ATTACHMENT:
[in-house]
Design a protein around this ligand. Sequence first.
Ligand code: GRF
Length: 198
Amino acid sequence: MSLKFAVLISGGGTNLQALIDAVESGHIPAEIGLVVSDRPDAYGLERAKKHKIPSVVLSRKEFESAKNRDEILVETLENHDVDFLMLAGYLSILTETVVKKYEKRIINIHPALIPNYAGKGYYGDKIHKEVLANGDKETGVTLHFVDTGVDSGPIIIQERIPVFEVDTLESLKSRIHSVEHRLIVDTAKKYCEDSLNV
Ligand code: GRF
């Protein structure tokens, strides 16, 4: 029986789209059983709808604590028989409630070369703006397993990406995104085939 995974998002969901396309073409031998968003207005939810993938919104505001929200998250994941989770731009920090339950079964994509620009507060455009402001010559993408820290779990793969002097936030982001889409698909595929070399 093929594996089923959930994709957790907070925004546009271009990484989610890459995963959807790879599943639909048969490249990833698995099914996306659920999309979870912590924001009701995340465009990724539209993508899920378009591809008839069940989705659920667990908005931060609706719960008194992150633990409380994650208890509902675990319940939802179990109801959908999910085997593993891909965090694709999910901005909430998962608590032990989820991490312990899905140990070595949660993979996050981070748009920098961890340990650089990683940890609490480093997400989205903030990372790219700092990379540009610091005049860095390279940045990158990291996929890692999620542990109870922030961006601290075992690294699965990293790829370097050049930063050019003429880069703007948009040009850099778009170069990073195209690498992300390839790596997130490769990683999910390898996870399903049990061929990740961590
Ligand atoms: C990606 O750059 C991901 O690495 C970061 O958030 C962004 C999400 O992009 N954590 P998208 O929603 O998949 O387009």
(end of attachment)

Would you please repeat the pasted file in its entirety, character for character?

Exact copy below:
[in-house]
Design a protein around this ligand. Sequence first.
Ligand code: GRF
Length: 198
Amino acid sequence: MSLKFAVLISGGGTNLQALIDAVESGHIPAEIGLVVSDRPDAYGLERAKKHKIPSVVLSRKEFESAKNRDEILVETLENHDVDFLMLAGYLSILTETVVKKYEKRIINIHPALIPNYAGKGYYGDKIHKEVLANGDKETGVTLHFVDTGVDSGPIIIQERIPVFEVDTLESLKSRIHSVEHRLIVDTAKKYCEDSLNV
Ligand code: GRF
């Protein structure tokens, strides 16, 4: 029986789209059983709808604590028989409630070369703006397993990406995104085939 995974998002969901396309073409031998968003207005939810993938919104505001929200998250994941989770731009920090339950079964994509620009507060455009402001010559993408820290779990793969002097936030982001889409698909595929070399 093929594996089923959930994709957790907070925004546009271009990484989610890459995963959807790879599943639909048969490249990833698995099914996306659920999309979870912590924001009701995340465009990724539209993508899920378009591809008839069940989705659920667990908005931060609706719960008194992150633990409380994650208890509902675990319940939802179990109801959908999910085997593993891909965090694709999910901005909430998962608590032990989820991490312990899905140990070595949660993979996050981070748009920098961890340990650089990683940890609490480093997400989205903030990372790219700092990379540009610091005049860095390279940045990158990291996929890692999620542990109870922030961006601290075992690294699965990293790829370097050049930063050019003429880069703007948009040009850099778009170069990073195209690498992300390839790596997130490769990683999910390898996870399903049990061929990740961590
Ligand atoms: C990606 O750059 C991901 O690495 C970061 O958030 C962004 C999400 O992009 N954590 P998208 O929603 O998949 O387009």